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On Wednesday’s American Idol, the remaining six were given two assignments: a song from Queen, and one of their choice.
Some contestants won perfect scores in the first and second rounds, and others missed the mark at least once on a stage solo. All in all, like Jennifer Lopez said, “Everybody had one good performance. It’s about who America loves.”
If you’ve not yet seen the episode, and you don’t want to know what happens, read no further; if you can’t help yourself, read on!
[Clears throat.] Without further ado, we begin with Jessica Sanchez:
The Idol standout, struggling to regain her footing after her near-elimination two weeks ago, kicked off the show with “Bohemian Rhapsody,” a presumably perfect song for her operatic power voice. Her delivery was melodic and Beyonce-cabaret, albeit less thunderously show-stopping than the approach of the late Queen frontman Freddie Mercury, patron saint of Adam Lambert.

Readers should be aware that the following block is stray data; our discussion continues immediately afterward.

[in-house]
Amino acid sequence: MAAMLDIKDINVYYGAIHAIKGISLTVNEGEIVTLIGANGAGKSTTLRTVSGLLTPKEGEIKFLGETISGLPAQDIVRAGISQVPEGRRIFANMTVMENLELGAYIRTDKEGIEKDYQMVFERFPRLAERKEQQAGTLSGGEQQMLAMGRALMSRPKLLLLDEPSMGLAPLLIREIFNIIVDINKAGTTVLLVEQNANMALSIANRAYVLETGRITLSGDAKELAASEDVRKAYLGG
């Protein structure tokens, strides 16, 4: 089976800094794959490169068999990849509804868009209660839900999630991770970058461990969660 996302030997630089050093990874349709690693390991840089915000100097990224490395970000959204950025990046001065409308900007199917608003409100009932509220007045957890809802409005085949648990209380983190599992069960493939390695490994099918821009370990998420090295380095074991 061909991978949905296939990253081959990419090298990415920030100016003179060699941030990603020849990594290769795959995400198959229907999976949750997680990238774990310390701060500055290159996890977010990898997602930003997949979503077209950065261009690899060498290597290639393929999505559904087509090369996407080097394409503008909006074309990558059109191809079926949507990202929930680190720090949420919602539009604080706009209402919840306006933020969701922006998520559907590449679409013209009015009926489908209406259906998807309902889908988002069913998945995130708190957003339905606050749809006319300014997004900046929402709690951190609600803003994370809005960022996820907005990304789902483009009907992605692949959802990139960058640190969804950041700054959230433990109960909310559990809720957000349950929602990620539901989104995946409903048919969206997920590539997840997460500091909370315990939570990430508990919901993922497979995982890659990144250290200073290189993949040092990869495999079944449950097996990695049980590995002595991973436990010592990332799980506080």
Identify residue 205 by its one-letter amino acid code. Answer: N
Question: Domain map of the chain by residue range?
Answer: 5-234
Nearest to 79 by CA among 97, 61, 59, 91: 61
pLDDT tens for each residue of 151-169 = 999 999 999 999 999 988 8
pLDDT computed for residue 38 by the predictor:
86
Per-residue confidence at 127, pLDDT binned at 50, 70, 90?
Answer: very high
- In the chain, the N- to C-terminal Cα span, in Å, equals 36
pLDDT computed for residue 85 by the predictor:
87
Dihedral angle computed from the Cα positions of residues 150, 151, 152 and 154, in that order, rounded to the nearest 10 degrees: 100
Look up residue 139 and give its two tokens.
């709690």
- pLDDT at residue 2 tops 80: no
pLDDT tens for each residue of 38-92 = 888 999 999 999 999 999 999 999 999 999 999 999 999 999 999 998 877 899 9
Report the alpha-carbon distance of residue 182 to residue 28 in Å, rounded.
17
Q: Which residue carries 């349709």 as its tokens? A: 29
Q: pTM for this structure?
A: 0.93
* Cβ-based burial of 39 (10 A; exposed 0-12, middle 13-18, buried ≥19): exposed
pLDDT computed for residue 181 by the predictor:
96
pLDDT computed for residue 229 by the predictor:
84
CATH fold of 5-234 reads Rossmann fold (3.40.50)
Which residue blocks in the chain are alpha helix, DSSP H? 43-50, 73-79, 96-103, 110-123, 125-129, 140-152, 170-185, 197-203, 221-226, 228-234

“Rock isn’t your forte, I wouldn’t say it was at all, but I still love your voice … and you were good today,” said Steven Tyler, in prickly form. Meanwhile, Randy Jackson, human catchphrase generator (his latest stroke of genius: “Gotta have it!”), saw no problem with the cover and Lopez wished Sanchez would bring more oomph.
For her personal pick, Sanchez selected Luther Vandross‘ “Dance With My Father,” and nailed its velvety tenderness, prompting Tyler to liken the 16-year-old to Whitney Houston and Lopez to dub Sanchez’s version of the weepy ballad the finest of the many, many versions that have existed on the Fox franchise.